Mun Choi, president of the University of Missouri System, will assume the MU chancellor’s role on an interim basis, the system announced Thursday in a campus email.
Chancellor Alexander Cartwright is leaving to become president of the University of Central Florida and will start there April 13. He resigned effective Wednesday. Choi’s appointment takes effect immediately.
“At this time, the board is not supporting a search for a new chancellor and plans to evaluate and discuss the organizational structure of the university in the coming months,” according to a later system news release.
Choi’s annual salary of $550,000 will not change as a result.
“During this time of unprecedented challenges, it is important that our continuity of proven leadership is enabled for swift and efficient actions that benefit our students, faculty, staff and communities,” Julia Brncic, chair of the UM System Board of Curators, said in the news release.
The announcement comes more than a week after the curators’ Executive Committee granted Choi temporary overarching authority in the system’s response to COVID-19.
Choi will continue his duties as system president. A vote by the full board to put Choi in the dual role was unanimous at a meeting lateWednesday afternoon.
In a late-afternoon interview, Choi said his new position will allow him to align the mission of the university and remove redundancies between the system and MU.
“We recognize that we have to become much more efficient,” Choi said. “To do that, we’re not just cutting costs. We have to transform the way that we do our business and to be able to make that decision collectively with the system and the campus is the right approach.”
”I know that I’m going to rely on many of the top leaders for me to delegate some of my current responsibilities at both the system and at Mizzou by focusing on the strategic priorities that we need to have from top executives at the campus and at the system,” he said. “The board will share with me how I’m doing in that regard, and I’m sure they’ll get input from the stakeholders in the universities as well.”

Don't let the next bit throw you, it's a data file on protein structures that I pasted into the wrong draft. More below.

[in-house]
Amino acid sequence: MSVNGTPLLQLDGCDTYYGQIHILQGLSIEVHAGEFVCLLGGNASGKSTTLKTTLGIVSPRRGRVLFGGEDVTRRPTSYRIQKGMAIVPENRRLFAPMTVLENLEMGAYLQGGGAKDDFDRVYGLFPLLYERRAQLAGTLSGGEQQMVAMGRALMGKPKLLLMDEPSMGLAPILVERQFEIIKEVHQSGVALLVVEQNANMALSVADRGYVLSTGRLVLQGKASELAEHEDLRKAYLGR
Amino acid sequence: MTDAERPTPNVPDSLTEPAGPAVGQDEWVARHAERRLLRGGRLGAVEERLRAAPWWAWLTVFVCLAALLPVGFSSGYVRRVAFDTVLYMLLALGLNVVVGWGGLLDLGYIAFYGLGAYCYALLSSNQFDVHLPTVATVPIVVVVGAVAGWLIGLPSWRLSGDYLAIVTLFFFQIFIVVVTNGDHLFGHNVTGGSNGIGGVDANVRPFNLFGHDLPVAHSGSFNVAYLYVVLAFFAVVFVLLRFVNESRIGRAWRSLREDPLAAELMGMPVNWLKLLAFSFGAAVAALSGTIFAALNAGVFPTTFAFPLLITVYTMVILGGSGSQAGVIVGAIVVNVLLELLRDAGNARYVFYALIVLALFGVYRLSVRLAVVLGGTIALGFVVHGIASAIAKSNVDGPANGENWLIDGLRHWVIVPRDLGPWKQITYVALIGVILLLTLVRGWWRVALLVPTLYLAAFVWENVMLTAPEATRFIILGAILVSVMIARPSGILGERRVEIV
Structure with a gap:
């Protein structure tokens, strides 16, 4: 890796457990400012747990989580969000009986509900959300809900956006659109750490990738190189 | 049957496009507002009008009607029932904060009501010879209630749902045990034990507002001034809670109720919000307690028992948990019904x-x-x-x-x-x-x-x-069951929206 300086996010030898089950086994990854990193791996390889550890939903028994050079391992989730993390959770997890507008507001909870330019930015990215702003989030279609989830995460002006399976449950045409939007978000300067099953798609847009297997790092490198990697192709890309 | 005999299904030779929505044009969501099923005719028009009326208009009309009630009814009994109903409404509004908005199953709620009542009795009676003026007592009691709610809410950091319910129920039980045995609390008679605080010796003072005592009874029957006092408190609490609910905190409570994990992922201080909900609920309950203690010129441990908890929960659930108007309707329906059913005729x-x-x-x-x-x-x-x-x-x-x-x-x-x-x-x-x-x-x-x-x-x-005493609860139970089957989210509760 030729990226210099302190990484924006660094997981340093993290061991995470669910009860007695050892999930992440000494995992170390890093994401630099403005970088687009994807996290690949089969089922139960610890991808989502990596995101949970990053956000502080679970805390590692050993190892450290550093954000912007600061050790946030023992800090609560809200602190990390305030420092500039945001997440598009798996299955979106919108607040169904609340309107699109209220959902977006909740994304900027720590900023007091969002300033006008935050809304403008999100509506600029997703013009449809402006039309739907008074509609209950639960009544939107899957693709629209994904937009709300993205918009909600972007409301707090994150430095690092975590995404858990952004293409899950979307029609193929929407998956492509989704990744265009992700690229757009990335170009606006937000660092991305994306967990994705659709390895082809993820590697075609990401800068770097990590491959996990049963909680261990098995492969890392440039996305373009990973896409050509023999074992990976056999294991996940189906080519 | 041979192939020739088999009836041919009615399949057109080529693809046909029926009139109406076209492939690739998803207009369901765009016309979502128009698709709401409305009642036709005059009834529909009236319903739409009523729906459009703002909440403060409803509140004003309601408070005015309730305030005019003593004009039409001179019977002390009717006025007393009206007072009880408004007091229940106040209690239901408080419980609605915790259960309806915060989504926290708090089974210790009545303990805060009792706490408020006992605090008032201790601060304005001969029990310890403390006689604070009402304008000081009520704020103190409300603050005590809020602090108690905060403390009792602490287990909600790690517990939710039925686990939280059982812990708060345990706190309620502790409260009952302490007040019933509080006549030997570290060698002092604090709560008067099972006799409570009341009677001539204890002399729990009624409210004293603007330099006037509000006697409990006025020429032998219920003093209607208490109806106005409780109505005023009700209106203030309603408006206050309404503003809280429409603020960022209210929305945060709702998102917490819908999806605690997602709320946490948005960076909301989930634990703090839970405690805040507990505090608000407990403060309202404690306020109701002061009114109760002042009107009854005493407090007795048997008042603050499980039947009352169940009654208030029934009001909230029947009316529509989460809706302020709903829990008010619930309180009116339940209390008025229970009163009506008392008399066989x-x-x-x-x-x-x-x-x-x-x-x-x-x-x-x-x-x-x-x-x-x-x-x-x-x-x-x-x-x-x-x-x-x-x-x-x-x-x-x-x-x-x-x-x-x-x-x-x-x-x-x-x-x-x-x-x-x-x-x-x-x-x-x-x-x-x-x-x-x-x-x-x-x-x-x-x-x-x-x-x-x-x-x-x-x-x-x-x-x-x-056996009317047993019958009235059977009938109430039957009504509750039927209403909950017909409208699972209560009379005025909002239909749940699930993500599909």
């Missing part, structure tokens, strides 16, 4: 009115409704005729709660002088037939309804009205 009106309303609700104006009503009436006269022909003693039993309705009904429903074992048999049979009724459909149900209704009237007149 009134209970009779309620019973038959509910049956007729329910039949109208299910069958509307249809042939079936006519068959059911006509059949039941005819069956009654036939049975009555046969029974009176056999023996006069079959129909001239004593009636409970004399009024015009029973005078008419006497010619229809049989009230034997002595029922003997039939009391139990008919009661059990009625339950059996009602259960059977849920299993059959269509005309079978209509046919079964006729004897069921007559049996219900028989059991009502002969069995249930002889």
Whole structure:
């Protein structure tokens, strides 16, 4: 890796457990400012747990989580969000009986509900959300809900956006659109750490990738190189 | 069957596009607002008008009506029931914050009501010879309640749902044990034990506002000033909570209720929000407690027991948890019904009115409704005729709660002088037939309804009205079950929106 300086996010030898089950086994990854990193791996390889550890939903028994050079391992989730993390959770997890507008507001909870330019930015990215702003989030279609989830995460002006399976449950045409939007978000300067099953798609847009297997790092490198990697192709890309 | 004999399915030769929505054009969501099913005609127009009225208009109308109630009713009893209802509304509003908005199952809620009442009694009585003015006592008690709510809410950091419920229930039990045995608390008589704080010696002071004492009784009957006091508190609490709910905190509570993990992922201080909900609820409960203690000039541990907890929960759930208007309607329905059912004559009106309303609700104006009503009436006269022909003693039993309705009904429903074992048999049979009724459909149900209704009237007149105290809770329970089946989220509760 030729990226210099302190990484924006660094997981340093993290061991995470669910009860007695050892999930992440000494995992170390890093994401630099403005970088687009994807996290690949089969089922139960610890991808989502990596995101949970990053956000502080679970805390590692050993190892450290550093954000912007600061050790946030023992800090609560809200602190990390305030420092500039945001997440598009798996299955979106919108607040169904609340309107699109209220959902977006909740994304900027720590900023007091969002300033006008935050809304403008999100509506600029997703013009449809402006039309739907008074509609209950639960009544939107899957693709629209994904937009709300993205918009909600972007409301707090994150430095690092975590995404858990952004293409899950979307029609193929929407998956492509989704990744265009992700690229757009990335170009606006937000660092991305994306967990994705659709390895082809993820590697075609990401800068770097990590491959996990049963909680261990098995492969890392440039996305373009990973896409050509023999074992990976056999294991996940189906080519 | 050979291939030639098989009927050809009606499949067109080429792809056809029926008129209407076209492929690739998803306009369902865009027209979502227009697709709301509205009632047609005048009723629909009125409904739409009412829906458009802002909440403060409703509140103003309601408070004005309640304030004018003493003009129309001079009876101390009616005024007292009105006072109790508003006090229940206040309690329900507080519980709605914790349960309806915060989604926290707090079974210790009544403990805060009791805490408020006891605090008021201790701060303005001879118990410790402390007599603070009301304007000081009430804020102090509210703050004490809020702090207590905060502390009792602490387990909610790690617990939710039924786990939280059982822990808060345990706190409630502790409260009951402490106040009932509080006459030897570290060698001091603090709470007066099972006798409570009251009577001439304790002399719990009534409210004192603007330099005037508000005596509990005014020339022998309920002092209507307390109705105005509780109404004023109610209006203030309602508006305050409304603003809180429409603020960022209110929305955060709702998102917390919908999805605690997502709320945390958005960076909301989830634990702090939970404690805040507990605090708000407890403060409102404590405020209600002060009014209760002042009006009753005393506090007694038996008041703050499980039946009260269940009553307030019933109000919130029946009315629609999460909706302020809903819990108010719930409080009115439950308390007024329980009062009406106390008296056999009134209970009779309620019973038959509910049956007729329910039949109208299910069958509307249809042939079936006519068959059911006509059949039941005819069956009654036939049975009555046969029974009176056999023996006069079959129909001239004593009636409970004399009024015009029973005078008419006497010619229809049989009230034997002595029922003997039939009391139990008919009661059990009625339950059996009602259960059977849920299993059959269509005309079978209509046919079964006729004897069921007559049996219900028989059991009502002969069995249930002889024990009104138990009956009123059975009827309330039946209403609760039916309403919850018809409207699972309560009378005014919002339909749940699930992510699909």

‘A very hands-on’ manager
Clark Peters, the MU Faculty Council chair and a member of the UM System Intercampus Faculty Cabinet, said he has found Choi to be an “open and candid” leader.
“From the beginning, President Choi has had a very active role in helping guide policies at the system level, which is his role,” Peters said. “He is a very hands-on kind of manager. … He brings a very energetic and thoughtful perspective to the table.”
Peters said some may be happy with this change while others may have reservations about the division of power between the UM System and MU.
“There will be a lot of concern from some faculty and staff members about the blurring of the line between the system and the University of Missouri,” Peters said. “It’s a delicate balance.”
MU has 30,046 students and 2,017 full-time faculty members, and the four-campus system has over 75,000 students and about 6,000 faculty members, according to MU’s and the system’s websites.
Choi acknowledged it may be a challenge to operate as the chancellor while also looking after the three other campuses.
“I need to demonstrate that I’m going to operate as an interim chancellor in a way that is collaborative with the other campuses and that I value the other campuses,” Choi said.
“The negatives can be managed, and we have to work hard at it to manage it, but I do believe that it can be a structure and an approach that will work for the university.”
Peters said there may be concern that MU will get “special treatment” among the four campuses, in Columbia, St. Louis, Rolla and Kansas City. However, he said Choi works to mitigate these concerns.